a For each included cohort, number (n) and gender of subjects, age (years) and body mass index (BMI) ranges (min–max) as well as number of objects (cells/nuclei), method (single-nucleus Seq [snSeq], single-cell Seq [scSeq] or spatial transcriptomics [STx]) and Jaccard index are displayed. Massier et al. #1–4 refer to data generated for the present meta-analysis and gray bars (n/a) indicate that no information was obtained. Boxes for age and BMI represent a range (min–max), boxplots are presented as interquartile range plus median and Tukey whiskers. Summarizing statistics are displayed in the right panels as mean ± S.D. b Network displaying nodes (subclusters from each study) and edges (marker gene overlap). Data were distributed into four major classes and named based on prominent marker genes. Node sizes are reflecting cluster proportions. The displayed network does not include results from Hildreth et al.11, as data from this study overlapped poorly with the others. c, d Cell class proportions comparing c) methods (snSeq vs. scSeq) and d depots (subcutaneous [sc] WAT vs. omental [om] vs. perivascular [pv]). Note that adipocytes are only available by snSeq. Data are shown as mean ± S.D. Statistical differences were calculated by two-sided Mann–Whitney U test between sc (n = 10) and om (n = 4) WAT or scSeq (n = 6) and snSeq (n = 8). Because of fewer cases, no statistics were calculated for adipocytes and pvWAT. e K-nearest-neighbor batch-effect test (kBET) and adjusted Rand index (ARI) for raw or integrated data using the indicated methods displayed according to method, depot, and cohort. BBKNN batch balanced k-nearest neighbors, scVI single-cell variational inference, rPCA reciprocal principal component analysis. Source data are provided as a Source data file.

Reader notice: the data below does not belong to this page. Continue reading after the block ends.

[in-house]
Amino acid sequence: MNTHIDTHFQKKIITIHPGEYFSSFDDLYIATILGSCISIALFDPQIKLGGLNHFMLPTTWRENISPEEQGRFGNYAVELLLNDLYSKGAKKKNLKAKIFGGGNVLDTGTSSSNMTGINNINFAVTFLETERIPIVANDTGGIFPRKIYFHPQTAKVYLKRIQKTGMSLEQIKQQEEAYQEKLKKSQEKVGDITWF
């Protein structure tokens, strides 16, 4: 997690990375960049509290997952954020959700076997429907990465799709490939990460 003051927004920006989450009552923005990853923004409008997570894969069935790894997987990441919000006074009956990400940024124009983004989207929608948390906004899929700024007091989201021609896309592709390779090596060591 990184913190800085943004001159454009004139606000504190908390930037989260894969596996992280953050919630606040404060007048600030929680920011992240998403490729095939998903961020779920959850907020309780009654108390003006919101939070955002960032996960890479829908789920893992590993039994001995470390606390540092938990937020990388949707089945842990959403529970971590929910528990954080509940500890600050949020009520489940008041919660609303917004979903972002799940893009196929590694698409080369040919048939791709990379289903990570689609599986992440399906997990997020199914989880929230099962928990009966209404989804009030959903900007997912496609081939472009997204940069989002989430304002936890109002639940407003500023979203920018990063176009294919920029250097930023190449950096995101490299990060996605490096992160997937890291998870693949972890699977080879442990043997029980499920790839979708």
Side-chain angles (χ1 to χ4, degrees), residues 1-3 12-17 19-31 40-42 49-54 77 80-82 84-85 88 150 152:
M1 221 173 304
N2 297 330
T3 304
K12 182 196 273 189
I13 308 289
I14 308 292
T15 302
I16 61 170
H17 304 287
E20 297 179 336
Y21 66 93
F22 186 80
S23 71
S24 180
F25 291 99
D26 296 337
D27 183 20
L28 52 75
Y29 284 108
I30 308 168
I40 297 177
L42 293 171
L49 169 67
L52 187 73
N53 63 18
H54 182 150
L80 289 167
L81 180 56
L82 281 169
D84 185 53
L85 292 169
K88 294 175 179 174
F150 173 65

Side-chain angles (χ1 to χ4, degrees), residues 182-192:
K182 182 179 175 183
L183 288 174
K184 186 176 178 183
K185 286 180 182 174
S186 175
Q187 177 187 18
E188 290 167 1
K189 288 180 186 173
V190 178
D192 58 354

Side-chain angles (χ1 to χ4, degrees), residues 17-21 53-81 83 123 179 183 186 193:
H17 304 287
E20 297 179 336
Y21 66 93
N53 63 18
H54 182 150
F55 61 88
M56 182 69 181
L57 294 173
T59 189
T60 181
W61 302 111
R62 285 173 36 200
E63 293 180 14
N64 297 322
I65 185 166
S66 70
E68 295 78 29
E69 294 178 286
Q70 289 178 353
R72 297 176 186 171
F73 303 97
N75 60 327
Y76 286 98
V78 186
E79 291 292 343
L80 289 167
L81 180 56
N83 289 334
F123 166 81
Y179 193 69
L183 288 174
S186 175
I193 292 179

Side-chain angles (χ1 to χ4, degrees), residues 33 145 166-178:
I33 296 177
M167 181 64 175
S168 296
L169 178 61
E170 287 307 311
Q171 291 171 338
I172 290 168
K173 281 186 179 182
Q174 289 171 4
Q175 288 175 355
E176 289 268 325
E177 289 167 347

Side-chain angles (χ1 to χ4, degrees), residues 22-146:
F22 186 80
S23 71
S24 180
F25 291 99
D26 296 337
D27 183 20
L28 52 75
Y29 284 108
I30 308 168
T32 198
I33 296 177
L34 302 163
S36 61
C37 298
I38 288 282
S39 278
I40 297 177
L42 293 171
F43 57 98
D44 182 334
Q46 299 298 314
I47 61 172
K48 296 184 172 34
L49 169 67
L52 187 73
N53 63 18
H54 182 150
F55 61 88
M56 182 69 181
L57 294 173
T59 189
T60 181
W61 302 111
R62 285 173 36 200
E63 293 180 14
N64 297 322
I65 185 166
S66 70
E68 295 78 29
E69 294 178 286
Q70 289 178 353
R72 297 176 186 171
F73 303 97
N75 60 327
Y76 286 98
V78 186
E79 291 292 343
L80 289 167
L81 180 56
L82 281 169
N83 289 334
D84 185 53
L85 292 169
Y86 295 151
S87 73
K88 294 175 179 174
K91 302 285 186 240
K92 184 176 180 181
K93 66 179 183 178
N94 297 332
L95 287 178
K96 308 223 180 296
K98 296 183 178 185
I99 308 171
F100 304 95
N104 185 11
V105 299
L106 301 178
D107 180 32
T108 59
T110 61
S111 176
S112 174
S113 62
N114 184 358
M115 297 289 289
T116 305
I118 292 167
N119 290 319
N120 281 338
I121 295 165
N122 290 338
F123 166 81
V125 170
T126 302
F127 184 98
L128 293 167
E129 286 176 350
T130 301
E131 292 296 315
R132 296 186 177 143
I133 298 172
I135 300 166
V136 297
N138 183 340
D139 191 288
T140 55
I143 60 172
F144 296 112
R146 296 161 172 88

To create a meta-map, we first defined cell clusters by processing all datasets individually using Seurat v4.116 (Supplementary Fig. 1a and Supplementary Data 1). Based on these results, we calculated a Jaccard index comparing cell cluster marker genes between studies. We found that all data, except the one from Hildreth et al.11, largely overlapped (Fig. 1a). This demonstrates that: (i) most cell types were present across the different cohorts/depots and (ii) snSeq, scSeq, and STx on average capture similar trends. Because STx is a spot-based approach that requires specific tools for data deconvolution17, we analyzed the Bäckdahl et al.7 study separately. For the remaining snSeq/scSeq datasets, we performed a high-level topological analysis, which revealed that clusters identified in the individual studies separated into four major cell classes: adipocytes, fibroblast and adipogenic progenitors (FAPs), vascular and immune cells (Fig. 1b). To validate our findings, we applied CellTypist18 to the immune cells which confirmed our annotations for this class (Supplementary Fig. 1b).

Our comprehensive classification allowed us to estimate the cellular composition of WAT (Fig. 1c, d). For this, we first used snSeq data, as this method, in contrast to scSeq, captures fat cells. After quantifying the number of adipocytes in each dataset, we next compared the proportions of the other cell classes between methods. We found that FAPs constituted the largest class of ~40% of the total cell population according to both snSeq and scSeq. This was followed by adipocytes and immune cells, which were present in a 1:1 ratio and together constituted ~40% of the cells. For adipocytes, this is in line with what has previously been reported in the literature19. About 15% of the objects were vascular cells, but the recovery of this cell class was strongly influenced by methods where the proportion was approximately three times higher with snSeq compared to scSeq. This could be due to pre-selection bias introduced by enzymatic digestion as has been shown before for endothelial cells in mouse kidney20. Comparisons across depots showed that there were no significant differences in cell class abundance. As expected, scSeq studies where cells had been enriched for either FAPs (CD45)13 or immune cells (CD45+)14 prior to sequencing displayed markedly higher proportions of these cell types compared to the rest of the datasets, supporting the validity of our classification (Supplementary Fig. 1a). Of note, for perivascular WAT, snSeq data were only available from one cohort implying that the generalizability of the results from this depot needs to be further validated.